California Governor Gavin Newsom last Wednesday issued Executive Order N-79-20 establishing a state goal that “100 percent of in-state sales of new passenger cars and trucks will be zero-emission by 2035”. The order also establishes extensive regulatory goals and practices mandating research and reporting standards extending to energy generation facilities such as petroleum extraction, public transit, and environmental protection. The proffered policy guidance does not mandate, at least in its current format, that existing non-zero-emission vehicles be forceably withdrawn from service by a hard date. There does seem to be an implication that constraints mandated against petroleum generally might as a consequence be unviable to the consumer and usher them into zero-emissions vehicle ownership.
California has over the last several decades established itself as a de facto policy maker nationally given the size of the state in terms of market share and the state’s jurisdication over such share. The Executive Order presents a very large reach given the current dependence on petroleum fueled Internal Combustion Engines for passenger vehicles. The goals could be achievable. Whether or not the implementation cost is something the public is willing to accept remains to be seen.
According to an article in the Associated Press the California Senate voted Friday to suspend three lawmakers caught up in separate criminal cases after the latest one to be hauled into court refused to step down, the most serious house-cleaning action the chamber has taken in more than a century.
Friday’s 28-1 vote in the 40-member chamber came amid one of the most severe ethical crises in modern times for the Legislature in the nation’s most populous state. Later in the day, Gov. Jerry Brown also called on the three lawmakers to resign.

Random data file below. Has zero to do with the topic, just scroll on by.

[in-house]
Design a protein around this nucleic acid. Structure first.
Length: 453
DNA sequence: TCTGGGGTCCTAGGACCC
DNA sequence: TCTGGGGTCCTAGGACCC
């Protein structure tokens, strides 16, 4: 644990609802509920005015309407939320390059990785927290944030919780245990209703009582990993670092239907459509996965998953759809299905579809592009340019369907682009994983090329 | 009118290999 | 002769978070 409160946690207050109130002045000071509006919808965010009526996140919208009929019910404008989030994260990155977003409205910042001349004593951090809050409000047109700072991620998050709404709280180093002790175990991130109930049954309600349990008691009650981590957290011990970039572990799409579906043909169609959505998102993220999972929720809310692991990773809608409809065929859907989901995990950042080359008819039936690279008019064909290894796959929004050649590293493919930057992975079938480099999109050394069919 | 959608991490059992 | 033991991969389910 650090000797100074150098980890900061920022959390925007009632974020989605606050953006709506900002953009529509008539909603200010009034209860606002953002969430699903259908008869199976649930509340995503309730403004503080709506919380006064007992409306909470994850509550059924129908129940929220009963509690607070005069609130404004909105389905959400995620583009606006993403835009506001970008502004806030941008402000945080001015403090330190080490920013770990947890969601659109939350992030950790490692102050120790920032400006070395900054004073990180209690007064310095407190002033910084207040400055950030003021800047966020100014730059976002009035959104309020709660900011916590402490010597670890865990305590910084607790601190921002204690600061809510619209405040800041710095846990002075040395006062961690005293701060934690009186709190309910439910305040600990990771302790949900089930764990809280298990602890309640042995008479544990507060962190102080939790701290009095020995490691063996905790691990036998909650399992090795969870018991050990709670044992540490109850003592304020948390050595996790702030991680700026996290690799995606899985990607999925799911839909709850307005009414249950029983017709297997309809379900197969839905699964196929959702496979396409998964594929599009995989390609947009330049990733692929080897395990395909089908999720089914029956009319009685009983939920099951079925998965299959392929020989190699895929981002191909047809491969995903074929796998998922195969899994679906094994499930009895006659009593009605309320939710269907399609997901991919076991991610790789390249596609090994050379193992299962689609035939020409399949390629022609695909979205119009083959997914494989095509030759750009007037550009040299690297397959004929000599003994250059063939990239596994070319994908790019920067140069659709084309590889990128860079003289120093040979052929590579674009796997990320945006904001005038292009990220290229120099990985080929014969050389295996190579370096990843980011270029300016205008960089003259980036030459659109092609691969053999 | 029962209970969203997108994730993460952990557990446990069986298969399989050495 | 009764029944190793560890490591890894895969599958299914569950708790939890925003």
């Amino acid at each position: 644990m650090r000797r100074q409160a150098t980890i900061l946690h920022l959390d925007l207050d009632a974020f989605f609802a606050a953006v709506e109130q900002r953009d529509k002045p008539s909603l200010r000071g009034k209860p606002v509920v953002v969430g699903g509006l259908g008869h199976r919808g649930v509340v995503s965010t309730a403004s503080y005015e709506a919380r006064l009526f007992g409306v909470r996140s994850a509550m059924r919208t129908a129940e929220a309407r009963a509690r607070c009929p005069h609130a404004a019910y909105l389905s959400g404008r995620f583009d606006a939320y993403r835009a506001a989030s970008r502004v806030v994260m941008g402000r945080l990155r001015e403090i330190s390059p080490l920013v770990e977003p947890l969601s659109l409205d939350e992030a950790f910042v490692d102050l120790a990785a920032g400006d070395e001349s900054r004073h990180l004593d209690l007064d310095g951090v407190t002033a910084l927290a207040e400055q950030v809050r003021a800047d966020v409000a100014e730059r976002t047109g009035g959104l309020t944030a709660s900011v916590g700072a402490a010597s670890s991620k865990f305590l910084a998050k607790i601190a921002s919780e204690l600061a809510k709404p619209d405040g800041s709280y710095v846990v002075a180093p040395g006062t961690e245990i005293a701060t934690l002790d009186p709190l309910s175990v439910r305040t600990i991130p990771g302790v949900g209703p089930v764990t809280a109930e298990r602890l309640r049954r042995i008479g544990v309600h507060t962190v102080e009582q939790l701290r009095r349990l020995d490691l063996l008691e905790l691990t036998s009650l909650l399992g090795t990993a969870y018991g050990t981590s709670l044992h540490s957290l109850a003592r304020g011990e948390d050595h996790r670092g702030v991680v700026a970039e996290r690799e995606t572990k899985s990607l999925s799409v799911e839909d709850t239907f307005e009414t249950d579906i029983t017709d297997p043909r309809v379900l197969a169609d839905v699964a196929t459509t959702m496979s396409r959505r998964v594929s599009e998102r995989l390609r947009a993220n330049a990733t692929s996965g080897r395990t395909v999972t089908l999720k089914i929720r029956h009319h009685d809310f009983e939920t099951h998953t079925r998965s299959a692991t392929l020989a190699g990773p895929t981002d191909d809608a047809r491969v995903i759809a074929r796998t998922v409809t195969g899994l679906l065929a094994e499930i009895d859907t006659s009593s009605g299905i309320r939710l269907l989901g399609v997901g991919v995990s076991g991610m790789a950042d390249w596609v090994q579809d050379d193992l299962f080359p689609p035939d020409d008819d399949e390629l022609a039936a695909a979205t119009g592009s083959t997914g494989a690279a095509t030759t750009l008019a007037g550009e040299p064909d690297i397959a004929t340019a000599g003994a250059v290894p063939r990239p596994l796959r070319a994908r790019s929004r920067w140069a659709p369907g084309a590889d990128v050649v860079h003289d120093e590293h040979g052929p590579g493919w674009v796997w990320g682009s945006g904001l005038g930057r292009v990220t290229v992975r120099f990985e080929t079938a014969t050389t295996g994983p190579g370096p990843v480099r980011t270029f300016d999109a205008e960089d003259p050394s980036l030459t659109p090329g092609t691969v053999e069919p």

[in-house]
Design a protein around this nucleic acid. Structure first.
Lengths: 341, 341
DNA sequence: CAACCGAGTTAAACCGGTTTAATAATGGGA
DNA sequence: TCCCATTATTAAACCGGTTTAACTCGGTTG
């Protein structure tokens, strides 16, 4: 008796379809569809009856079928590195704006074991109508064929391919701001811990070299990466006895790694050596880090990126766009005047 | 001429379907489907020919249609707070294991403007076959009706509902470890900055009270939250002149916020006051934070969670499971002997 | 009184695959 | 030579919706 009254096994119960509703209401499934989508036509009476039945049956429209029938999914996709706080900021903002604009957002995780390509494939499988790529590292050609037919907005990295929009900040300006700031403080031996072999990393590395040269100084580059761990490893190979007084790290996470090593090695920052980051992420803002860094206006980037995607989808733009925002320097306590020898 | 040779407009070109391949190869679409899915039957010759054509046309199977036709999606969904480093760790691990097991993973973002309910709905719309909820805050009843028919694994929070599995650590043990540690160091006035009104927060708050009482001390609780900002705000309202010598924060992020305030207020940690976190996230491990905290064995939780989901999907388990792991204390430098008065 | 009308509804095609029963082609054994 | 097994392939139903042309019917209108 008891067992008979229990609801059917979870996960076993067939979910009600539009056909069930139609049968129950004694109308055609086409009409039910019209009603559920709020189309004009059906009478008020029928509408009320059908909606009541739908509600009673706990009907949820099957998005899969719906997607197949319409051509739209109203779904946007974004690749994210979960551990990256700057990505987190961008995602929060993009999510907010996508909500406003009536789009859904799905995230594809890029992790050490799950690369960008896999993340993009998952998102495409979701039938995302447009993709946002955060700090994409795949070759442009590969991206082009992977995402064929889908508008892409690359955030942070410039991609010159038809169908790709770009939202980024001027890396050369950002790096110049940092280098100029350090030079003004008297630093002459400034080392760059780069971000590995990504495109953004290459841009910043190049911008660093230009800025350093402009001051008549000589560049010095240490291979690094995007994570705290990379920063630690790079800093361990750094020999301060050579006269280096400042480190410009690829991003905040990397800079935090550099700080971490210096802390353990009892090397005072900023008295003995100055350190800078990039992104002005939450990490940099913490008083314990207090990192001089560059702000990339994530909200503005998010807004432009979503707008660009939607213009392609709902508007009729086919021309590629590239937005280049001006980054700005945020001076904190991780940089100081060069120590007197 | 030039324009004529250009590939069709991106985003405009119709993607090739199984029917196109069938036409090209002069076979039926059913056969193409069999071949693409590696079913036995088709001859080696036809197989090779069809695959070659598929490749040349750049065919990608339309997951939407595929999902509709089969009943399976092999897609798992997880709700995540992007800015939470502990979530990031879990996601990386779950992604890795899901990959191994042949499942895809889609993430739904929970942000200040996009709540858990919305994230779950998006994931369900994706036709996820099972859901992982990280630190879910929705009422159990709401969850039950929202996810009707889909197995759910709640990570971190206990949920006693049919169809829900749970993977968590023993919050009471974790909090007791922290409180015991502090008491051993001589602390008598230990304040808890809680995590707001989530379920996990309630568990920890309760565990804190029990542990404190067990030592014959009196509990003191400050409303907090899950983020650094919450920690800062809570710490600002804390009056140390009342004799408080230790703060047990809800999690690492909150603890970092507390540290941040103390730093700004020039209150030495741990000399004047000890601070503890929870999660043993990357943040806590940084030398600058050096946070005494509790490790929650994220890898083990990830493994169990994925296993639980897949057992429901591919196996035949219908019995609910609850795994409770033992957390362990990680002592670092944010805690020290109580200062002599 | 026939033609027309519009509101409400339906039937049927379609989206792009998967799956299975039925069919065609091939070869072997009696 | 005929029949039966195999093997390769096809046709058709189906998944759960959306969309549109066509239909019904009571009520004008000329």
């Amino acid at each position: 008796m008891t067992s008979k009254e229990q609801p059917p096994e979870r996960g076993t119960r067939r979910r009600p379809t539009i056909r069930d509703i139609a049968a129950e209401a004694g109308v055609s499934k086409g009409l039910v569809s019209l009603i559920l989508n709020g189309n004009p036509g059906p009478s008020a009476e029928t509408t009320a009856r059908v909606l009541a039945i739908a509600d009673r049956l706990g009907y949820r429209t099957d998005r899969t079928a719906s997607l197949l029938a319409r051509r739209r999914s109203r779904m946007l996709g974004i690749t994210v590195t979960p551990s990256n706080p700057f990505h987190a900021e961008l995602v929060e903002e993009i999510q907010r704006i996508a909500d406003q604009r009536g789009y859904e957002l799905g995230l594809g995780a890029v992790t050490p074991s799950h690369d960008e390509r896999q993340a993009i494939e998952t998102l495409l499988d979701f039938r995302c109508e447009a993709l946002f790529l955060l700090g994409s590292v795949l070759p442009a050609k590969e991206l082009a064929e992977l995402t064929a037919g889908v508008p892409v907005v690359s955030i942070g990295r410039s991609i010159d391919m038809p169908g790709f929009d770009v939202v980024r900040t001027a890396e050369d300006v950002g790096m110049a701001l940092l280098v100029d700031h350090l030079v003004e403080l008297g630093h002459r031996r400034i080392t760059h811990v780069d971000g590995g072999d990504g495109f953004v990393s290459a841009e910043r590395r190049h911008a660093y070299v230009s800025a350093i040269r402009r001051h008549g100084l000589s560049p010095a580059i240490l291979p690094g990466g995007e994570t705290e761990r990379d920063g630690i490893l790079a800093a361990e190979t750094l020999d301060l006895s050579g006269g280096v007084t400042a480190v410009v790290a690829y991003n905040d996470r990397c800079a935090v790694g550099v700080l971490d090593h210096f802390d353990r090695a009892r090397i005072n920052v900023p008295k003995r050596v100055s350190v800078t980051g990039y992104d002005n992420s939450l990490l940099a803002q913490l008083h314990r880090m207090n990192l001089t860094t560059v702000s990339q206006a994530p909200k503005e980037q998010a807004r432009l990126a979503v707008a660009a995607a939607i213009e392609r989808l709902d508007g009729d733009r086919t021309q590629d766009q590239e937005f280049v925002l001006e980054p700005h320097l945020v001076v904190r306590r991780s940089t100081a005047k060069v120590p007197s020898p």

The resolution prevents Democratic Senators Ron Calderon and Leland Yee, who face federal corruption charges, and Democratic Sen. Rod Wright, who is awaiting sentencing in a voter fraud case, from exercising any power of their office until the criminal cases against them have been resolved. Even so, they will continue receiving their $95,291 annual salaries. Senator Leland Yee was the subject of an article on the Jonathan Turley website HERE
The actions of the California Senate is laudable in many ways, but is this also a sign of a greater or endemic problem in the California legislature and formerly lax oversight of some unsavory dealings of legislators?
In the two past contested elections for what now has become the controversy magnet of the Centinela Valley School Board, (as reported in a previous article regarding Superintendent Jose Fernandez’ generous $663,000 compensation package seen HERE) it was revealed that a major California construction firm TELACU poured large amounts of money into campaigns to elect their favored candidates. In return for the favor, the friendly school board awarded TELACU two construction bond measures on the ballot totaling nearly $200 million. Voters approved both, and TELACU was awarded contracts to manage the construction projects.
The Daily Breeze reports Centinela Valley officials have pointed out that as a result of the two successful bond measures — one in 2008, another in 2010 — major face-lifts have occurred or are in the pipeline for all three campuses. The projects have replaced old, sometimes crumbling facilities with state-of-the-art classroom wings, media centers, offices and commons areas.
In the Los Angeles area a quickly drawn school board meeting demanded by members of the public, a hearing was held on the total compensation package of Centinela Valley Union High School District Superintendent Jose Fernandez. The package with salary, benefits, and perks for the calendar year 2013 amounted to $663,365.00. The school district has 6,600 students enrolled. This compares, or rather contrasts, with that of John Deasey, Superintendent of the Los Angeles Unified School District who received a total compensation package of $309,997.00 and enrollment of 650,000 students. President Obama receives a compensation package of $569,000.00
In addition to Jose’s base salary the compensation package included a loan of $910,000.00 to purchase a residence in the affluent Ladera Heights neighborhood with a term of 40 years and an annually compounded interest rate of 2%, half the prevailing market rate at the time.